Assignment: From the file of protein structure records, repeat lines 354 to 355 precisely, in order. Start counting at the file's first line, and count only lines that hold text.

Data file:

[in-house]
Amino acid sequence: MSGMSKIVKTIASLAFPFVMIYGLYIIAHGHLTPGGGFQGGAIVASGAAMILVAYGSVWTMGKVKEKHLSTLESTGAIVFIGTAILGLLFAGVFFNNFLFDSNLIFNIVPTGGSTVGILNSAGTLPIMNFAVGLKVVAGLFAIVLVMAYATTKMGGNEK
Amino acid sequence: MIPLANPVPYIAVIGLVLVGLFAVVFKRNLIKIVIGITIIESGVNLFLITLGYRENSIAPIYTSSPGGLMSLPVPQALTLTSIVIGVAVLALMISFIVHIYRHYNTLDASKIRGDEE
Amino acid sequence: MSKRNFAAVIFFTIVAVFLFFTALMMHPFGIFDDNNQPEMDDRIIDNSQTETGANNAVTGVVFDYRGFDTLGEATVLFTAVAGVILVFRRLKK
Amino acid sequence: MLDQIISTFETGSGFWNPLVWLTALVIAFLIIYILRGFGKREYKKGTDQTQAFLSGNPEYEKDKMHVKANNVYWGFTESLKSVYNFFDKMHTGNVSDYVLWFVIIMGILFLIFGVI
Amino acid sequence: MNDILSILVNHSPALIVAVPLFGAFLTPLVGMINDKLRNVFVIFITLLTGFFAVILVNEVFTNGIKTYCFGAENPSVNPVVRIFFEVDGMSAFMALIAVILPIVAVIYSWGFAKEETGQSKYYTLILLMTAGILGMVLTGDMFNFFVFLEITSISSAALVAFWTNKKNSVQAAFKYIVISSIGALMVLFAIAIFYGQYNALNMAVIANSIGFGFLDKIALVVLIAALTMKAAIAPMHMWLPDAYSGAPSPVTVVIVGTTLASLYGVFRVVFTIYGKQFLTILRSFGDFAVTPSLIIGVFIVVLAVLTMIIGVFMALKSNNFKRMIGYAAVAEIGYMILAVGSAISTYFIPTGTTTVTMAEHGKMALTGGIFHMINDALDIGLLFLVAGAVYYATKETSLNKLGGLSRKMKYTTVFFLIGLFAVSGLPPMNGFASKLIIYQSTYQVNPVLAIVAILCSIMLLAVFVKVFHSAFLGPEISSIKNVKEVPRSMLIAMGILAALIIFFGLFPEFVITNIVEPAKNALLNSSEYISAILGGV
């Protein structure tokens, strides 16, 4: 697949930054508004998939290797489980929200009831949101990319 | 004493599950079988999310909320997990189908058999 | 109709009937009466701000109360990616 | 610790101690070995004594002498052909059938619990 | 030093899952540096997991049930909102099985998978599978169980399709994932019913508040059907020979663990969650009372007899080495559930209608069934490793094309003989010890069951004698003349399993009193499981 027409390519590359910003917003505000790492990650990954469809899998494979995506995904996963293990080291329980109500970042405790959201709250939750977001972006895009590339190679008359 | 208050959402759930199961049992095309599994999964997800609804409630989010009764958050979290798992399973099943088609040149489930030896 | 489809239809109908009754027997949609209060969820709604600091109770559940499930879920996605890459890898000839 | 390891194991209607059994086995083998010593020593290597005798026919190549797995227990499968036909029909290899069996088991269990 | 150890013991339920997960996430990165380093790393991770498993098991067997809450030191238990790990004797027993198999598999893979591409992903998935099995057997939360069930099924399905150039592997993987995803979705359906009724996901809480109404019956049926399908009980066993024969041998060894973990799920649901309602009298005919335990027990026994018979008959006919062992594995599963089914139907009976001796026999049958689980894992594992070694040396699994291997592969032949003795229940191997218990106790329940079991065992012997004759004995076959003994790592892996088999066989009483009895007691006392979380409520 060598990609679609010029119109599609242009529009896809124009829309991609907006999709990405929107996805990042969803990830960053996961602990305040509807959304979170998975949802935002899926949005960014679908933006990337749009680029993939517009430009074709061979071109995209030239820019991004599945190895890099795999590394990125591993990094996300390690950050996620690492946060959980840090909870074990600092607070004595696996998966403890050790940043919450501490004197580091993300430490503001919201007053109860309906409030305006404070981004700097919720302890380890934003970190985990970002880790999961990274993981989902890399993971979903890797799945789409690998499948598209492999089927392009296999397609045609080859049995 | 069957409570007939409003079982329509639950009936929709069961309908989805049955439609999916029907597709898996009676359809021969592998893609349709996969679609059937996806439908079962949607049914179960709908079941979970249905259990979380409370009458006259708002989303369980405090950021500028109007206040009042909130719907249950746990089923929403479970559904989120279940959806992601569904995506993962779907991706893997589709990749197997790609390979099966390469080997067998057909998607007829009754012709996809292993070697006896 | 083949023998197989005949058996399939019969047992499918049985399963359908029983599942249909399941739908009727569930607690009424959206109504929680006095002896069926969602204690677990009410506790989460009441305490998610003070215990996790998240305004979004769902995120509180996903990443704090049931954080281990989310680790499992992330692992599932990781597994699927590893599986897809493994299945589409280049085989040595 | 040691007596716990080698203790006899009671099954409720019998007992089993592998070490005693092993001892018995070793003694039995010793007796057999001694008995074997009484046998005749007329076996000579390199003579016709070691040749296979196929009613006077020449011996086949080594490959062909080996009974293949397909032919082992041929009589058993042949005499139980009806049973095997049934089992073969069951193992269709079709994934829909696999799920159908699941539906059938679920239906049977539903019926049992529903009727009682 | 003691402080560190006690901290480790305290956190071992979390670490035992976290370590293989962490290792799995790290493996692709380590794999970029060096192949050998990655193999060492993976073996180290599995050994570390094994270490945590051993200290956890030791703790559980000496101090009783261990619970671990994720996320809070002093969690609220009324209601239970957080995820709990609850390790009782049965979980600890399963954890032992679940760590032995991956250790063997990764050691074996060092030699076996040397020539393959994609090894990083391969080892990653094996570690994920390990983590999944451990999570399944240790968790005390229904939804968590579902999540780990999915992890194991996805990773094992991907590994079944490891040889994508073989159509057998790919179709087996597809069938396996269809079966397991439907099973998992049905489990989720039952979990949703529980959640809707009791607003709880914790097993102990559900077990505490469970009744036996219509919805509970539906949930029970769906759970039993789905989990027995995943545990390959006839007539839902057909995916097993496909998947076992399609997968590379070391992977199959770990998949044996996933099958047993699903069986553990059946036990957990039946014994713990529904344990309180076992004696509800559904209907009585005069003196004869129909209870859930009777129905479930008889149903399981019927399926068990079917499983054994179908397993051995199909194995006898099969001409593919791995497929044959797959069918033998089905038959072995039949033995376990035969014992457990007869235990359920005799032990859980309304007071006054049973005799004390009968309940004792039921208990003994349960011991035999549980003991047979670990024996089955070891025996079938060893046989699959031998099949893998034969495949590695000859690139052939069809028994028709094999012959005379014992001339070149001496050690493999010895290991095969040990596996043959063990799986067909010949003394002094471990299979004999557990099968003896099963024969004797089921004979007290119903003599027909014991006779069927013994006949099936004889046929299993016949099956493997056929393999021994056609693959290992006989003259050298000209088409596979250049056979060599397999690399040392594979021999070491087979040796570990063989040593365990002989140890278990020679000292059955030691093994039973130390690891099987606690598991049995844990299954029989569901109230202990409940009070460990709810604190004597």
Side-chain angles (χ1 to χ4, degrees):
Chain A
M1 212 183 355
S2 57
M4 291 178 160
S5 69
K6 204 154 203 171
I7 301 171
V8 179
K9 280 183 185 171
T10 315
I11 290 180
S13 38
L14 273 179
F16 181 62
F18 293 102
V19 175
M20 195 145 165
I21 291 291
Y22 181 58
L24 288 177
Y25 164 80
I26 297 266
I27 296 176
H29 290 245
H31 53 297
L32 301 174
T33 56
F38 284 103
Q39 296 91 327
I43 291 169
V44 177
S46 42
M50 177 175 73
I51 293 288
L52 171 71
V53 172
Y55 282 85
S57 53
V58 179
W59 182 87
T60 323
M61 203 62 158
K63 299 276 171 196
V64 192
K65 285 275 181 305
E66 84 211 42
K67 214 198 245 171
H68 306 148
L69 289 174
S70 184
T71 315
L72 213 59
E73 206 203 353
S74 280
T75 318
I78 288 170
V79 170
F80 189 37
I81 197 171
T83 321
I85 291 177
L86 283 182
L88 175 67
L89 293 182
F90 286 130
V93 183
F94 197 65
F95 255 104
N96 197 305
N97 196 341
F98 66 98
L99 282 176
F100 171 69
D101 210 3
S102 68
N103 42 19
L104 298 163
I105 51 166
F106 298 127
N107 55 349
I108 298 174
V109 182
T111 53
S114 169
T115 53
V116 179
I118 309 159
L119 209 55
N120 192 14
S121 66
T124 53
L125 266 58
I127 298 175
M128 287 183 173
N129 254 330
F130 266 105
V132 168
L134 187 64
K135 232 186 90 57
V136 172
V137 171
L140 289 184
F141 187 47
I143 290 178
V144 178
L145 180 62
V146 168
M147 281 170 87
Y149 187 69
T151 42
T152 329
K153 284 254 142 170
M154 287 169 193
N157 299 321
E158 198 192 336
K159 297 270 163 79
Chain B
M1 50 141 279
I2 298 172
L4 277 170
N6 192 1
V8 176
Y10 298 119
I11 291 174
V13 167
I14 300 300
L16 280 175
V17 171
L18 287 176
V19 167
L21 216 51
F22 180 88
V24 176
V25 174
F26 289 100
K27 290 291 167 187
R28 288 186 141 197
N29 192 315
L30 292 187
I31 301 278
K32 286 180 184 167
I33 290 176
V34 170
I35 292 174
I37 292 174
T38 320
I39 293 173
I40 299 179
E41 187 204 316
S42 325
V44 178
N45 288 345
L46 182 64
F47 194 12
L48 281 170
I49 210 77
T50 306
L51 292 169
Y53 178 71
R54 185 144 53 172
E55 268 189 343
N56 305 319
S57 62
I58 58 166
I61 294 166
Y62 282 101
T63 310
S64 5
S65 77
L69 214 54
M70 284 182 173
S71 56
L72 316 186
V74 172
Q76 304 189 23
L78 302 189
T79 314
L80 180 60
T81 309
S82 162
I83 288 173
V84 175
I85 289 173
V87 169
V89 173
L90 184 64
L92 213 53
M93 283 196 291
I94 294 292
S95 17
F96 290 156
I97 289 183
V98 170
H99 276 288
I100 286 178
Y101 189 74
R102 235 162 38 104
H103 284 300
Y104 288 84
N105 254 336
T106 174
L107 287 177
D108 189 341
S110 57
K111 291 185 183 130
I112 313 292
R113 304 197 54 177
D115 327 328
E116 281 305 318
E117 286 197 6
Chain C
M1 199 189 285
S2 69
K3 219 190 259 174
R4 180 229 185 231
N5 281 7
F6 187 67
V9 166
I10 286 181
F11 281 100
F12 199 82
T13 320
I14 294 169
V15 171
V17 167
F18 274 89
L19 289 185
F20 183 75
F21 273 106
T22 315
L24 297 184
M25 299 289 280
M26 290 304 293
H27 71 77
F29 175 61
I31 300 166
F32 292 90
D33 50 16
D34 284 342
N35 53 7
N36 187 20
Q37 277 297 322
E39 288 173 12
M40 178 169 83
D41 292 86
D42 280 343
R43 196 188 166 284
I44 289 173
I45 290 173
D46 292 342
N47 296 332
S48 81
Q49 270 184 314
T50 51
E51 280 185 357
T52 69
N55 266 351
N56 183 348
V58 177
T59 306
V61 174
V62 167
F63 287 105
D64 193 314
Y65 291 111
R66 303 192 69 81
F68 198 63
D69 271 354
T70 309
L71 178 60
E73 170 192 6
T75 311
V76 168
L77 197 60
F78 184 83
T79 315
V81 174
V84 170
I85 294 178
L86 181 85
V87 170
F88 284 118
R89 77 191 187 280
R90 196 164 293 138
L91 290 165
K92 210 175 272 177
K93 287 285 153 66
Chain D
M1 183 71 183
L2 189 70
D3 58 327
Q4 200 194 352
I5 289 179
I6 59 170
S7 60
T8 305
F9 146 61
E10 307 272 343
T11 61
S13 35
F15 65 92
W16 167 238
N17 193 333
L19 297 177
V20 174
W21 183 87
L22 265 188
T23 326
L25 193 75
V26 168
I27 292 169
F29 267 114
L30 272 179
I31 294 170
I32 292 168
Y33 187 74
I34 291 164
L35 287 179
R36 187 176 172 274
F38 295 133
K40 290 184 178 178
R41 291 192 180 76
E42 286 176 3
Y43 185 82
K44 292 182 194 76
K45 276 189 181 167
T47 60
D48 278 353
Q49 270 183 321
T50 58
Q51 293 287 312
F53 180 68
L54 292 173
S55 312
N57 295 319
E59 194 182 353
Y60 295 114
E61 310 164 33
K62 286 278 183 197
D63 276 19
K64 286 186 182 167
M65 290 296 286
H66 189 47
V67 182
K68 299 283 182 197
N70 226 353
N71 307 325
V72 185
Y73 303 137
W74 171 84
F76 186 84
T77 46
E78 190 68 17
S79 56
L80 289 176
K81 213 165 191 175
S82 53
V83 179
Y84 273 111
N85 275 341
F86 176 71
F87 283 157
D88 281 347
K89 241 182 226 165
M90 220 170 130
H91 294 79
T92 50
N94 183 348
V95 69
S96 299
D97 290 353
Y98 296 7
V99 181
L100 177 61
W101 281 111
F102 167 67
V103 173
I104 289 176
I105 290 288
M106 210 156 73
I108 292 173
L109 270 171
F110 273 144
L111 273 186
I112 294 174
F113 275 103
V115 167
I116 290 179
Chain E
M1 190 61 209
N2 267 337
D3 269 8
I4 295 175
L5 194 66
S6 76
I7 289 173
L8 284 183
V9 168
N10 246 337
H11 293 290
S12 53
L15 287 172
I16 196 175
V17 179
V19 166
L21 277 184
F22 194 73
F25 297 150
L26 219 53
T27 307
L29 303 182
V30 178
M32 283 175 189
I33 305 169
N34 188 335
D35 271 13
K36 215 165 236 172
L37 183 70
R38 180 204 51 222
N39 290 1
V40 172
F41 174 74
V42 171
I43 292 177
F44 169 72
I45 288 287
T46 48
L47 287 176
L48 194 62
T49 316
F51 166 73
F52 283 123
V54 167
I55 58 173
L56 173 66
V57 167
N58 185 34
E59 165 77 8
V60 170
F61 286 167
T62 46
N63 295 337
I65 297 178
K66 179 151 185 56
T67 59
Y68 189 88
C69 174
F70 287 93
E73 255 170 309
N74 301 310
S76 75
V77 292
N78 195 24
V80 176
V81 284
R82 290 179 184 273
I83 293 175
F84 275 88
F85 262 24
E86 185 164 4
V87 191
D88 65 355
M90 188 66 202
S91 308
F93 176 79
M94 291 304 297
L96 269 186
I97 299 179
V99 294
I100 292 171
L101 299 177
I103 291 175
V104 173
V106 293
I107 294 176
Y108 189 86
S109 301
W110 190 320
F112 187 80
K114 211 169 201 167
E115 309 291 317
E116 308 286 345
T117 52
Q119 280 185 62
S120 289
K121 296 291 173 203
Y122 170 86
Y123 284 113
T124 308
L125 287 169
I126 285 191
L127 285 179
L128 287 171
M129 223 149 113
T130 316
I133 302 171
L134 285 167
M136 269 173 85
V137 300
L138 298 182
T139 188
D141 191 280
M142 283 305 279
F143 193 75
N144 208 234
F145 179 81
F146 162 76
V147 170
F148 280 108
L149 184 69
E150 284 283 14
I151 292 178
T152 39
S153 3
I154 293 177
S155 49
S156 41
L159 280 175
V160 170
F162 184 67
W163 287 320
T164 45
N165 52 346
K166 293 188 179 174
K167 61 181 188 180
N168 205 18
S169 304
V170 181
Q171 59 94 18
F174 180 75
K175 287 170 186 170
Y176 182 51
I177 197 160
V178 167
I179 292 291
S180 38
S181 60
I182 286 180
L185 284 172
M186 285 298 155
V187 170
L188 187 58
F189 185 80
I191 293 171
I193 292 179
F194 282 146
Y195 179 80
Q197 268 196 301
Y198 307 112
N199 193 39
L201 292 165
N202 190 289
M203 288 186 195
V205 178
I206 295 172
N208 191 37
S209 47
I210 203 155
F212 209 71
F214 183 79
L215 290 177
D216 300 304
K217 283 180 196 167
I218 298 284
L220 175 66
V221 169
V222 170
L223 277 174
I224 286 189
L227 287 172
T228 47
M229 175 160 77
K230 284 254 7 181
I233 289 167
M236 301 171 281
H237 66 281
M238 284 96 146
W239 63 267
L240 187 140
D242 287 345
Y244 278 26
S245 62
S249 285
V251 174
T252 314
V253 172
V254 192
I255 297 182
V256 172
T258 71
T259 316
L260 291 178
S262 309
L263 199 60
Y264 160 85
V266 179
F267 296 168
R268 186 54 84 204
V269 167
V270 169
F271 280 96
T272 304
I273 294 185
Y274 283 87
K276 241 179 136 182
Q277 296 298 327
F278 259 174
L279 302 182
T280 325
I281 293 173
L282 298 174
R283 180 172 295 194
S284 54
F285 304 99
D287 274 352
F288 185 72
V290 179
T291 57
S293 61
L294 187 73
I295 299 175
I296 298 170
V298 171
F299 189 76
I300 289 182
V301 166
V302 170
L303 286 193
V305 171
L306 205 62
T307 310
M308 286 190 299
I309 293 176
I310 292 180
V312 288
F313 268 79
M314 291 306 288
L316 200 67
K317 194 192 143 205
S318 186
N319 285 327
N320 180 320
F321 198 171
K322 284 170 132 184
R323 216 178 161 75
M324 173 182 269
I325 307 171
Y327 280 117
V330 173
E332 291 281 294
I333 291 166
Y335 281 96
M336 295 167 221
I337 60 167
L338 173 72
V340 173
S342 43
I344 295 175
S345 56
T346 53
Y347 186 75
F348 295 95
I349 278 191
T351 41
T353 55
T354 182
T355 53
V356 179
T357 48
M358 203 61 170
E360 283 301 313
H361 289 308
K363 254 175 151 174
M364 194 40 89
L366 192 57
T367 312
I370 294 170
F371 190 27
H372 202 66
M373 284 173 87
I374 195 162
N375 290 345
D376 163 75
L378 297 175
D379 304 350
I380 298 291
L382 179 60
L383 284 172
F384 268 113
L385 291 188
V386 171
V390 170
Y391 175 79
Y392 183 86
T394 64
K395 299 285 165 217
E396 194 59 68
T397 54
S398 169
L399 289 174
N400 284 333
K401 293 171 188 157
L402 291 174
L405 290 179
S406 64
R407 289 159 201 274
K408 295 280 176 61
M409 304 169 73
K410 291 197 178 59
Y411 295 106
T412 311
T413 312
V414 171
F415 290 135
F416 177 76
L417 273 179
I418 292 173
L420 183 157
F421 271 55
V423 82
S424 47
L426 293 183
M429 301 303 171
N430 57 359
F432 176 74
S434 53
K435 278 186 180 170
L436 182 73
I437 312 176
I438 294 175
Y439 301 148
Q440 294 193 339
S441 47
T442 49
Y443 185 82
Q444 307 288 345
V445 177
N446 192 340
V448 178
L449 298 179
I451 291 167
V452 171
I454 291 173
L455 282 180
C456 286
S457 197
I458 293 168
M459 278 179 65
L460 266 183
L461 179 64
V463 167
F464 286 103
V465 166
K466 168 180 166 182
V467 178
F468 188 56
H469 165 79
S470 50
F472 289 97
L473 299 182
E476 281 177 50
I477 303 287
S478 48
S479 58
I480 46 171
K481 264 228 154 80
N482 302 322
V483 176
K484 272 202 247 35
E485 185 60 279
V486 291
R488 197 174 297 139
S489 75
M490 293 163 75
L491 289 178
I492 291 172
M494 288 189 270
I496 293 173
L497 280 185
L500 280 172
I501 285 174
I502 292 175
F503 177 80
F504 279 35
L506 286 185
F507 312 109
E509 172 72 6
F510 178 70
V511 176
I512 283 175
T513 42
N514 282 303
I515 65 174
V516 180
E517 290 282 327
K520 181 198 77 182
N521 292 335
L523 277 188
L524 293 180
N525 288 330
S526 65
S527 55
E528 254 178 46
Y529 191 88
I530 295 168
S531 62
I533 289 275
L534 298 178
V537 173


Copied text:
N70 226 353
N71 307 325